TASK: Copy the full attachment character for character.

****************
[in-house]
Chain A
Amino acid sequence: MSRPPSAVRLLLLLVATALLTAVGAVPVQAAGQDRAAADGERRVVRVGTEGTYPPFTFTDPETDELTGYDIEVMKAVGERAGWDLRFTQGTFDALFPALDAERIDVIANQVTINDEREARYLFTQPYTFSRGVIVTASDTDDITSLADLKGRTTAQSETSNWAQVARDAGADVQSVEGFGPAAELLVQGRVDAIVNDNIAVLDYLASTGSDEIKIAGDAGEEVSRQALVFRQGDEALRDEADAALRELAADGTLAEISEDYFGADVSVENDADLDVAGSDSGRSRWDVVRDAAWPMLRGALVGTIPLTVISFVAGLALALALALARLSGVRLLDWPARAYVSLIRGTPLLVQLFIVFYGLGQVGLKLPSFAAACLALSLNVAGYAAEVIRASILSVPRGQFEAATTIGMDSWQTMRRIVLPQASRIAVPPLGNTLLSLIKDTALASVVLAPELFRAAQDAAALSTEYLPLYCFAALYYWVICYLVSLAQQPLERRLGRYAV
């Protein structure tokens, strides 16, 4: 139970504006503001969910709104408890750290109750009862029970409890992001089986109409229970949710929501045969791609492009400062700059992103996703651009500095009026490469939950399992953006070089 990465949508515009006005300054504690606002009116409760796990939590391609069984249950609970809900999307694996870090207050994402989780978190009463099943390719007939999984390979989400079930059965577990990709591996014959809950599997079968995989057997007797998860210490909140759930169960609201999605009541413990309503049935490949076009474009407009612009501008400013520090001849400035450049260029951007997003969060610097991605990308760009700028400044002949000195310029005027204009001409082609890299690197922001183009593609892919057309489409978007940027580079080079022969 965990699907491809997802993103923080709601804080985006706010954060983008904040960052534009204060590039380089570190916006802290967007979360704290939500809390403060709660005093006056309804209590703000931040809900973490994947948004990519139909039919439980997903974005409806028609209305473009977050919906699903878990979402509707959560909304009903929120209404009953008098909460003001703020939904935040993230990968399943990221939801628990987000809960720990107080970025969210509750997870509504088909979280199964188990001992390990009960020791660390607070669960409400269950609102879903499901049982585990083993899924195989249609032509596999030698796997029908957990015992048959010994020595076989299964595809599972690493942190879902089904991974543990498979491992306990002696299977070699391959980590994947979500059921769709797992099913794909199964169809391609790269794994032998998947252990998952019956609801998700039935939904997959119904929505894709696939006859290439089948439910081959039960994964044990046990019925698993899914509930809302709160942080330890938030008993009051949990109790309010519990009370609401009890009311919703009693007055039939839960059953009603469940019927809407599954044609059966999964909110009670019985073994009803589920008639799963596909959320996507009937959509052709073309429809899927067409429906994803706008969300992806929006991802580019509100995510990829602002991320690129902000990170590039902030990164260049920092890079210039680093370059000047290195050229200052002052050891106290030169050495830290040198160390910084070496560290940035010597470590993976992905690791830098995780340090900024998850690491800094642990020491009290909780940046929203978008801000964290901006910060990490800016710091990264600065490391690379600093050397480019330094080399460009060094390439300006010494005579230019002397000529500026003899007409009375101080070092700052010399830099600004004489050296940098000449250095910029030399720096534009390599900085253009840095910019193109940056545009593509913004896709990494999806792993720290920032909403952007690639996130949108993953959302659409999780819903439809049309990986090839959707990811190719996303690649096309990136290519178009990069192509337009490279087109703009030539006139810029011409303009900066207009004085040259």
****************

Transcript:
[in-house]
Chain A
Amino acid sequence: MSRPPSAVRLLLLLVATALLTAVGAVPVQAAGQDRAAADGERRVVRVGTEGTYPPFTFTDPETDELTGYDIEVMKAVGERAGWDLRFTQGTFDALFPALDAERIDVIANQVTINDEREARYLFTQPYTFSRGVIVTASDTDDITSLADLKGRTTAQSETSNWAQVARDAGADVQSVEGFGPAAELLVQGRVDAIVNDNIAVLDYLASTGSDEIKIAGDAGEEVSRQALVFRQGDEALRDEADAALRELAADGTLAEISEDYFGADVSVENDADLDVAGSDSGRSRWDVVRDAAWPMLRGALVGTIPLTVISFVAGLALALALALARLSGVRLLDWPARAYVSLIRGTPLLVQLFIVFYGLGQVGLKLPSFAAACLALSLNVAGYAAEVIRASILSVPRGQFEAATTIGMDSWQTMRRIVLPQASRIAVPPLGNTLLSLIKDTALASVVLAPELFRAAQDAAALSTEYLPLYCFAALYYWVICYLVSLAQQPLERRLGRYAV
């Protein structure tokens, strides 16, 4: 139970504006503001969910709104408890750290109750009862029970409890992001089986109409229970949710929501045969791609492009400062700059992103996703651009500095009026490469939950399992953006070089 990465949508515009006005300054504690606002009116409760796990939590391609069984249950609970809900999307694996870090207050994402989780978190009463099943390719007939999984390979989400079930059965577990990709591996014959809950599997079968995989057997007797998860210490909140759930169960609201999605009541413990309503049935490949076009474009407009612009501008400013520090001849400035450049260029951007997003969060610097991605990308760009700028400044002949000195310029005027204009001409082609890299690197922001183009593609892919057309489409978007940027580079080079022969 965990699907491809997802993103923080709601804080985006706010954060983008904040960052534009204060590039380089570190916006802290967007979360704290939500809390403060709660005093006056309804209590703000931040809900973490994947948004990519139909039919439980997903974005409806028609209305473009977050919906699903878990979402509707959560909304009903929120209404009953008098909460003001703020939904935040993230990968399943990221939801628990987000809960720990107080970025969210509750997870509504088909979280199964188990001992390990009960020791660390607070669960409400269950609102879903499901049982585990083993899924195989249609032509596999030698796997029908957990015992048959010994020595076989299964595809599972690493942190879902089904991974543990498979491992306990002696299977070699391959980590994947979500059921769709797992099913794909199964169809391609790269794994032998998947252990998952019956609801998700039935939904997959119904929505894709696939006859290439089948439910081959039960994964044990046990019925698993899914509930809302709160942080330890938030008993009051949990109790309010519990009370609401009890009311919703009693007055039939839960059953009603469940019927809407599954044609059966999964909110009670019985073994009803589920008639799963596909959320996507009937959509052709073309429809899927067409429906994803706008969300992806929006991802580019509100995510990829602002991320690129902000990170590039902030990164260049920092890079210039680093370059000047290195050229200052002052050891106290030169050495830290040198160390910084070496560290940035010597470590993976992905690791830098995780340090900024998850690491800094642990020491009290909780940046929203978008801000964290901006910060990490800016710091990264600065490391690379600093050397480019330094080399460009060094390439300006010494005579230019002397000529500026003899007409009375101080070092700052010399830099600004004489050296940098000449250095910029030399720096534009390599900085253009840095910019193109940056545009593509913004896709990494999806792993720290920032909403952007690639996130949108993953959302659409999780819903439809049309990986090839959707990811190719996303690649096309990136290519178009990069192509337009490279087109703009030539006139810029011409303009900066207009004085040259």